Xi Reasserts Control Over PRC Politics As Trade War Deepens (2018-09-19)
(Jamestown Foundation, By Willy Wo-Lap Lam) Since returning to Beijing on August 16 after two weeks of informal meetings at the seaside Beidaihe resort, however, Xi has restored enough authority to reassert his ultra-conservative line on socialist-style economic policy, imposing ideological conformity within the Chinese Communist Party (CCP) and challenging America’s position as the pre-eminent world leader. <Accessed 2018-09-20>

European Union Has a Plan for Asian Infrastructure But Will It Collide with China’s Belt and Road? (2018-09-20)
(South China Morning Post, By Keegan Elmer) The European Union has put forward its own infrastructure and investment plan for Asia with emphasis on sustainability and rules-based investment – aspects which China’s “Belt and Road Initiative” has been accused of lacking. The EU’s investment in Asia could increase up to fourfold in its next budget, strengthening its presence in the region, which is in need of 1.3 trillion euros (US$1.5 trillion) for infrastructure investment a year, according to EU officials. <Accessed 2018-09-20>
Territorial Disputes, the Korean Peninsula, and Other Regional Issues
Territorial Disputes

Maritime Security Cooperation in the South China Sea: Sailing In Different Directions
(The Diplomat, By Mark J. Valencia) The Southeast Asian claimants of the South China Sea, China, and the United States each have a different approach to addressing what sort of security threat faces the region as well as how to address said threat. Several practical issues exist among the group, too -- many of them lack trust within one another and have different scales of involvement with the issue. While building trust is the logical first step, it may still be too far a step for some countries to immediately take. <Accessed 2018-09-18>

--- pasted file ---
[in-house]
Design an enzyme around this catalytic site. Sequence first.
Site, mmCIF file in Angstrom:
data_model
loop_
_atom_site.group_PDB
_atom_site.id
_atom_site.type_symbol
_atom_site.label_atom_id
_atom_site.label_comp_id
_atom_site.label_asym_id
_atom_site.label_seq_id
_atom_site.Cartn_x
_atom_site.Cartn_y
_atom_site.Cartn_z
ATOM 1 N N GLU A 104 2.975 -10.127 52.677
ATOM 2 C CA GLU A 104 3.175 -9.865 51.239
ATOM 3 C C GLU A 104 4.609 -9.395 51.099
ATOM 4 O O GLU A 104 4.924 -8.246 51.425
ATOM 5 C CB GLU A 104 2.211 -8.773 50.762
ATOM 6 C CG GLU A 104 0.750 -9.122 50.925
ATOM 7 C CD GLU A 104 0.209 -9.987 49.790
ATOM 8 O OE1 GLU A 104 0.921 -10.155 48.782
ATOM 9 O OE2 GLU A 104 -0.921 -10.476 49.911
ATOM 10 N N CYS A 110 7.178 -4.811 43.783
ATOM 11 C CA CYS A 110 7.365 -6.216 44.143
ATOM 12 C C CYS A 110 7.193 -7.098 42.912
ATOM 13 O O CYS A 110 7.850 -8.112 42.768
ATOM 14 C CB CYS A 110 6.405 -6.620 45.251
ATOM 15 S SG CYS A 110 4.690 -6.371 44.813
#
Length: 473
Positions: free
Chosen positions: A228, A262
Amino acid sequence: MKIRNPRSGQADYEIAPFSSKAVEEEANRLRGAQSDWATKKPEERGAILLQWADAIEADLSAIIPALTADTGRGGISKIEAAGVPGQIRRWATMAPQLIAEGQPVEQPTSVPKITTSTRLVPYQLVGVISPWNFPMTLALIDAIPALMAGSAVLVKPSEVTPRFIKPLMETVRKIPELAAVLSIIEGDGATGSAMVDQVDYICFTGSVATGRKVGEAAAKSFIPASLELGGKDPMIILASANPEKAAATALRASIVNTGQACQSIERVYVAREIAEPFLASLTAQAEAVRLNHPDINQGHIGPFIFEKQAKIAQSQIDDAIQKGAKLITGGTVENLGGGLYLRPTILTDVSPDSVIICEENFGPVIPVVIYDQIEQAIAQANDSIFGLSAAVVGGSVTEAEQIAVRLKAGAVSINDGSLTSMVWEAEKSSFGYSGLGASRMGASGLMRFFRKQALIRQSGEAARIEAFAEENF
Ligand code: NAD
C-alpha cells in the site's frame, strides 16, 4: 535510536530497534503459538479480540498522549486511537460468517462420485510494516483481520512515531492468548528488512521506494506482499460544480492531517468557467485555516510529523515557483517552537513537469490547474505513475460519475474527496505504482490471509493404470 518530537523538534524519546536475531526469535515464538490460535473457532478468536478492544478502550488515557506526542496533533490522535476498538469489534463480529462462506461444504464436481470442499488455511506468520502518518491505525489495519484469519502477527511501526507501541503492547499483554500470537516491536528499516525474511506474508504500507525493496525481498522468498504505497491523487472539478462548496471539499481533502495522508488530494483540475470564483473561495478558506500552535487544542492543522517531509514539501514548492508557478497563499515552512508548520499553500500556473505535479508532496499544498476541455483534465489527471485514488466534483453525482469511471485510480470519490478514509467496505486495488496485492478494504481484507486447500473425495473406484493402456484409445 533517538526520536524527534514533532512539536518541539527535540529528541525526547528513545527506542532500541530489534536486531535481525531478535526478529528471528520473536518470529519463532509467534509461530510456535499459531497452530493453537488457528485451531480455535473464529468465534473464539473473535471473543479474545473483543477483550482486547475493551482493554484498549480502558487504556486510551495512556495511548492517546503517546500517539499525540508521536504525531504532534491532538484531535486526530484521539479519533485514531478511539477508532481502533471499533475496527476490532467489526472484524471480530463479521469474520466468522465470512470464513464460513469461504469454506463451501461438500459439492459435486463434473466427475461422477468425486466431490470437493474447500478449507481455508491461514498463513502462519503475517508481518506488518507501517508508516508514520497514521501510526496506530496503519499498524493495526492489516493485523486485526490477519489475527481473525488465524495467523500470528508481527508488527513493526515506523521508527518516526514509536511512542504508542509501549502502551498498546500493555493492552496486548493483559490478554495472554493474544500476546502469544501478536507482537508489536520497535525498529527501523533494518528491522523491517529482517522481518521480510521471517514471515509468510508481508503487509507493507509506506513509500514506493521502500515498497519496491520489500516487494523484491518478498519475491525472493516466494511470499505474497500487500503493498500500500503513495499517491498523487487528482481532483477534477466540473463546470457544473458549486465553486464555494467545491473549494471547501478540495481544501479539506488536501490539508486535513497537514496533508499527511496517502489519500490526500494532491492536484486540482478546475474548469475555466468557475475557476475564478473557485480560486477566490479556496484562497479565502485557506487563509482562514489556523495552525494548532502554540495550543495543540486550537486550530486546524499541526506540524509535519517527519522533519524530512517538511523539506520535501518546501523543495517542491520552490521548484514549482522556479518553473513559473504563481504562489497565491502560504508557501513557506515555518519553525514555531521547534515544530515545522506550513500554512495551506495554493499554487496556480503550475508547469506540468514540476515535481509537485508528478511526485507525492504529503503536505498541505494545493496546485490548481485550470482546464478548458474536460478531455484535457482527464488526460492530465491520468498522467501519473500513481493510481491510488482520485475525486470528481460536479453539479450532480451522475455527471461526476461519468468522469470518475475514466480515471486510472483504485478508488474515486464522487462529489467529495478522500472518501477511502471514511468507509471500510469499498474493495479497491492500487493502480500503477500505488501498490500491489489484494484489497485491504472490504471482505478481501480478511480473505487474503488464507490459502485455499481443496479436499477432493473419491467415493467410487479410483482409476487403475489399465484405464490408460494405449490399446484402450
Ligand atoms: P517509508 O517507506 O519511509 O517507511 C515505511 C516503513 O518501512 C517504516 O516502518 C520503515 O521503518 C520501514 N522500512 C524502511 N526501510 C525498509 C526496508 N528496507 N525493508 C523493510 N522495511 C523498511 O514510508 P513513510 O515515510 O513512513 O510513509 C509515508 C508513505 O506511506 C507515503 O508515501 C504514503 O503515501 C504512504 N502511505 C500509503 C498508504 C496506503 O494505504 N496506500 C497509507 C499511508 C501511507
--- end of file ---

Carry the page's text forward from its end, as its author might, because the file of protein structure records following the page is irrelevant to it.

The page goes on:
With a Submarine, Japan Sends a Message in the South China Sea (2018-09-18)
(New York Times, By Motoko Rich and Makiko Inoue) A Japanese submarine participated in war games in the crucial waters and is now visiting Vietnam, signaling a more assertive pushback against China. <RSS, Accessed 2018-09-20>

Duterte’s China Policy Isn’t Paying Off (2018-09-18)
(East Asia Forum, By Renato Cruz De Castro) These developments will hopefully make President Duterte reflect on whether it is prudent for his country to pursue an appeasement policy on an emergent power that appears willing to pursue an expansionist policy in the South China Sea at all costs. <Accessed 2018-09-20>

China’s Sea Control Is a Done Deal, ‘Short of War With the U.S.’ (2018-09-20)